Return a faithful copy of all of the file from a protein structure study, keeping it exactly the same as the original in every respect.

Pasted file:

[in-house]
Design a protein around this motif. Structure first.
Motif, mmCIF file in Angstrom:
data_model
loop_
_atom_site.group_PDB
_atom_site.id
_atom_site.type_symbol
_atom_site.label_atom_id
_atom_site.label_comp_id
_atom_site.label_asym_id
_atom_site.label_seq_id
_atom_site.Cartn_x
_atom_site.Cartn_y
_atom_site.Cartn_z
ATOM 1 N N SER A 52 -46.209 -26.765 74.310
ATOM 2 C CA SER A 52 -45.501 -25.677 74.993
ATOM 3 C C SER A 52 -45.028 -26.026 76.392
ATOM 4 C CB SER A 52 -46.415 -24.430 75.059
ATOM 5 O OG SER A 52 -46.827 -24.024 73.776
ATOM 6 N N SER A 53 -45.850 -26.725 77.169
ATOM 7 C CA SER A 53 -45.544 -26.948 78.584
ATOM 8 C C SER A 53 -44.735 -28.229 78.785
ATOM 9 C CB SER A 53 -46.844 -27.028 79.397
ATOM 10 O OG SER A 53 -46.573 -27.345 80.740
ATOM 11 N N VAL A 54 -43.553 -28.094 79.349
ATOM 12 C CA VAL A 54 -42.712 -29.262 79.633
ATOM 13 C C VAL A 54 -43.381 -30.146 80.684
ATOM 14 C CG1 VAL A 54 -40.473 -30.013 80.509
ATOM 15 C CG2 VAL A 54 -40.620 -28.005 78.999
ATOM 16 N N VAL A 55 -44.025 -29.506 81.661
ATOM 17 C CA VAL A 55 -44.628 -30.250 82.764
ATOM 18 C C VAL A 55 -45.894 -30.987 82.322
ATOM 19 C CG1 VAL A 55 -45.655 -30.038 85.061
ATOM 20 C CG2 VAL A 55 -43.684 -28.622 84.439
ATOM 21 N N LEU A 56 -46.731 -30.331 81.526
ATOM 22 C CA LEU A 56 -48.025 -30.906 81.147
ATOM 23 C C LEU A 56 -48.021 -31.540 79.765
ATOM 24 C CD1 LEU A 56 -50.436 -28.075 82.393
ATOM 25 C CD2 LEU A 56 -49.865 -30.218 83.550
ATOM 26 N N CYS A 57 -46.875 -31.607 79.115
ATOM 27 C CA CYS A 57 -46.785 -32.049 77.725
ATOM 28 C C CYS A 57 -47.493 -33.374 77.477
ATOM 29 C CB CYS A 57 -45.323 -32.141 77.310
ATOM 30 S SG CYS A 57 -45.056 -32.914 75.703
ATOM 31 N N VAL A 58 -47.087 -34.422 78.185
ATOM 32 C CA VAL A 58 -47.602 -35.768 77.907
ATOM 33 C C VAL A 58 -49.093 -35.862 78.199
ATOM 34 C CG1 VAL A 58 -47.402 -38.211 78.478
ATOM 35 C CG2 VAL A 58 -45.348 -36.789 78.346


[in-house]
Design a protein around this motif. Structure first.
Motif, mmCIF file in Angstrom:
data_model
loop_
_atom_site.group_PDB
_atom_site.id
_atom_site.type_symbol
_atom_site.label_atom_id
_atom_site.label_comp_id
_atom_site.label_asym_id
_atom_site.label_seq_id
_atom_site.Cartn_x
_atom_site.Cartn_y
_atom_site.Cartn_z
ATOM 1 N N SER A 52 -46.209 -26.765 74.310
ATOM 2 C CA SER A 52 -45.501 -25.677 74.993
ATOM 3 C C SER A 52 -45.028 -26.026 76.392
ATOM 4 C CB SER A 52 -46.415 -24.430 75.059
ATOM 5 O OG SER A 52 -46.827 -24.024 73.776
ATOM 6 N N SER A 53 -45.850 -26.725 77.169
ATOM 7 C CA SER A 53 -45.544 -26.948 78.584
ATOM 8 C C SER A 53 -44.735 -28.229 78.785
ATOM 9 C CB SER A 53 -46.844 -27.028 79.397
ATOM 10 O OG SER A 53 -46.573 -27.345 80.740
ATOM 11 N N VAL A 54 -43.553 -28.094 79.349
ATOM 12 C CA VAL A 54 -42.712 -29.262 79.633
ATOM 13 C C VAL A 54 -43.381 -30.146 80.684
ATOM 14 C CG1 VAL A 54 -40.473 -30.013 80.509
ATOM 15 C CG2 VAL A 54 -40.620 -28.005 78.999
ATOM 16 N N VAL A 55 -44.025 -29.506 81.661
ATOM 17 C CA VAL A 55 -44.628 -30.250 82.764
ATOM 18 C C VAL A 55 -45.894 -30.987 82.322
ATOM 19 C CG1 VAL A 55 -45.655 -30.038 85.061
ATOM 20 C CG2 VAL A 55 -43.684 -28.622 84.439
ATOM 21 N N LEU A 56 -46.731 -30.331 81.526
ATOM 22 C CA LEU A 56 -48.025 -30.906 81.147
ATOM 23 C C LEU A 56 -48.021 -31.540 79.765
ATOM 24 C CD1 LEU A 56 -50.436 -28.075 82.393
ATOM 25 C CD2 LEU A 56 -49.865 -30.218 83.550
ATOM 26 N N CYS A 57 -46.875 -31.607 79.115
ATOM 27 C CA CYS A 57 -46.785 -32.049 77.725
ATOM 28 C C CYS A 57 -47.493 -33.374 77.477
ATOM 29 C CB CYS A 57 -45.323 -32.141 77.310
ATOM 30 S SG CYS A 57 -45.056 -32.914 75.703
ATOM 31 N N VAL A 58 -47.087 -34.422 78.185
ATOM 32 C CA VAL A 58 -47.602 -35.768 77.907
ATOM 33 C C VAL A 58 -49.093 -35.862 78.199
ATOM 34 C CG1 VAL A 58 -47.402 -38.211 78.478
ATOM 35 C CG2 VAL A 58 -45.348 -36.789 78.346